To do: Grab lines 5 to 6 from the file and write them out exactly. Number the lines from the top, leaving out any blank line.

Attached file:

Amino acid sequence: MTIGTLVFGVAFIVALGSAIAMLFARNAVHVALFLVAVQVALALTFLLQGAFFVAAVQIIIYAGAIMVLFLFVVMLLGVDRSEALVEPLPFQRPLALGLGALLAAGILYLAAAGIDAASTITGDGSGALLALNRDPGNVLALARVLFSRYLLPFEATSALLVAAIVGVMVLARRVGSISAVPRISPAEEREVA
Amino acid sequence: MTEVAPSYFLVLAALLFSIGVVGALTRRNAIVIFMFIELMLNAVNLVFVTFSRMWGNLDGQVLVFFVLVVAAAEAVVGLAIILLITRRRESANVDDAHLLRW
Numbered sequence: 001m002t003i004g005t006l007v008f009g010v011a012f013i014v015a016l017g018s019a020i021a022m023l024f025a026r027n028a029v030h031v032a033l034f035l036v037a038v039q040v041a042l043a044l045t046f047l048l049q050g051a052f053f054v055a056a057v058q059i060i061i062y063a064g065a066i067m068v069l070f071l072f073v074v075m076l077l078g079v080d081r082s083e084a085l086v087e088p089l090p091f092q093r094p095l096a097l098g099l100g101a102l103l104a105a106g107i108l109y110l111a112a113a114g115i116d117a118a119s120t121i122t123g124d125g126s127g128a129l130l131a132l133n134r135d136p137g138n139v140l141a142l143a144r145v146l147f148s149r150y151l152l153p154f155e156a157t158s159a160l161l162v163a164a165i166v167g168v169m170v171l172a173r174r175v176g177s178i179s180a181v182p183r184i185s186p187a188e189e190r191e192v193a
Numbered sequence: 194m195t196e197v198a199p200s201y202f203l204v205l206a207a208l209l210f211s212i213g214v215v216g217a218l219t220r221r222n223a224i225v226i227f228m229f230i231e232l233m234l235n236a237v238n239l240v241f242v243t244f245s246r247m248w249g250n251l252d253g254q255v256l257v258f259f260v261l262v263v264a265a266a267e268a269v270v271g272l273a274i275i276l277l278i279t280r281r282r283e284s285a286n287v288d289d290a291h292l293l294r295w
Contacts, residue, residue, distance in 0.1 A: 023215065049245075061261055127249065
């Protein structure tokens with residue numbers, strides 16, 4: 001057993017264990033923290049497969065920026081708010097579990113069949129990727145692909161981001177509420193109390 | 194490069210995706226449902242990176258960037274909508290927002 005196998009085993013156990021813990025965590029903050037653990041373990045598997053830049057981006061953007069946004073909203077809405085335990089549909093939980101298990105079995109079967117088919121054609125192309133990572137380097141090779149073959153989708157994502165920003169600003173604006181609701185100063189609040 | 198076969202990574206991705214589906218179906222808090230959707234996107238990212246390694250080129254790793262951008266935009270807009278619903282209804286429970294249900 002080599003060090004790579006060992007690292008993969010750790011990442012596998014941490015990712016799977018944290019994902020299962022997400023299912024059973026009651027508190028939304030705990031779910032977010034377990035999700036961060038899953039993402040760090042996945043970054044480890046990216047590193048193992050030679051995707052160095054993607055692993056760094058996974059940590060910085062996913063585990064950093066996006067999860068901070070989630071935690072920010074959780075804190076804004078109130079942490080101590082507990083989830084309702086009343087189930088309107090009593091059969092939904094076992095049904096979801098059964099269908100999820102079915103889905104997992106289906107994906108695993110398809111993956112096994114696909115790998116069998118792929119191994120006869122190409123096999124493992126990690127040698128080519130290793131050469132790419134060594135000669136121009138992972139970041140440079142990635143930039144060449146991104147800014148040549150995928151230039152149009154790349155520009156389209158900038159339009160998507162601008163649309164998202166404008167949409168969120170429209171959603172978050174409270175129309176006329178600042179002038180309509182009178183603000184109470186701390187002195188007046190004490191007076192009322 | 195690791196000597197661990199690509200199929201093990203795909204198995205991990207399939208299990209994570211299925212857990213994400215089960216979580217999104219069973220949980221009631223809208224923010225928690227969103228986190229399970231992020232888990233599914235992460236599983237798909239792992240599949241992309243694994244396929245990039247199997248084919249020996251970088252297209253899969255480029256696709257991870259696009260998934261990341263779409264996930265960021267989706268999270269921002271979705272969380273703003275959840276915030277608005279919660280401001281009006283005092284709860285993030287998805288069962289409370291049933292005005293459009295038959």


Contacts, residue, residue, distance in 0.1 A: 023215065049245075061261055127249065
């Protein structure tokens with residue numbers, strides 16, 4: 001057993017264990033923290049497969065920026081708010097579990113069949129990727145692909161981001177509420193109390 | 194490069210995706226449902242990176258960037274909508290927002 005196998009085993013156990021813990025965590029903050037653990041373990045598997053830049057981006061953007069946004073909203077809405085335990089549909093939980101298990105079995109079967117088919121054609125192309133990572137380097141090779149073959153989708157994502165920003169600003173604006181609701185100063189609040 | 198076969202990574206991705214589906218179906222808090230959707234996107238990212246390694250080129254790793262951008266935009270807009278619903282209804286429970294249900 002080599003060090004790579006060992007690292008993969010750790011990442012596998014941490015990712016799977018944290019994902020299962022997400023299912024059973026009651027508190028939304030705990031779910032977010034377990035999700036961060038899953039993402040760090042996945043970054044480890046990216047590193048193992050030679051995707052160095054993607055692993056760094058996974059940590060910085062996913063585990064950093066996006067999860068901070070989630071935690072920010074959780075804190076804004078109130079942490080101590082507990083989830084309702086009343087189930088309107090009593091059969092939904094076992095049904096979801098059964099269908100999820102079915103889905104997992106289906107994906108695993110398809111993956112096994114696909115790998116069998118792929119191994120006869122190409123096999124493992126990690127040698128080519130290793131050469132790419134060594135000669136121009138992972139970041140440079142990635143930039144060449146991104147800014148040549150995928151230039152149009154790349155520009156389209158900038159339009160998507162601008163649309164998202166404008167949409168969120170429209171959603172978050174409270175129309176006329178600042179002038180309509182009178183603000184109470186701390187002195188007046190004490191007076192009322 | 195690791196000597197661990199690509200199929201093990203795909204198995205991990207399939208299990209994570211299925212857990213994400215089960216979580217999104219069973220949980221009631223809208224923010225928690227969103228986190229399970231992020232888990233599914235992460236599983237798909239792992240599949241992309243694994244396929245990039247199997248084919249020996251970088252297209253899969255480029256696709257991870259696009260998934261990341263779409264996930265960021267989706268999270269921002271979705272969380273703003275959840276915030277608005279919660280401001281009006283005092284709860285993030287998805288069962289409370291049933292005005293459009295038959």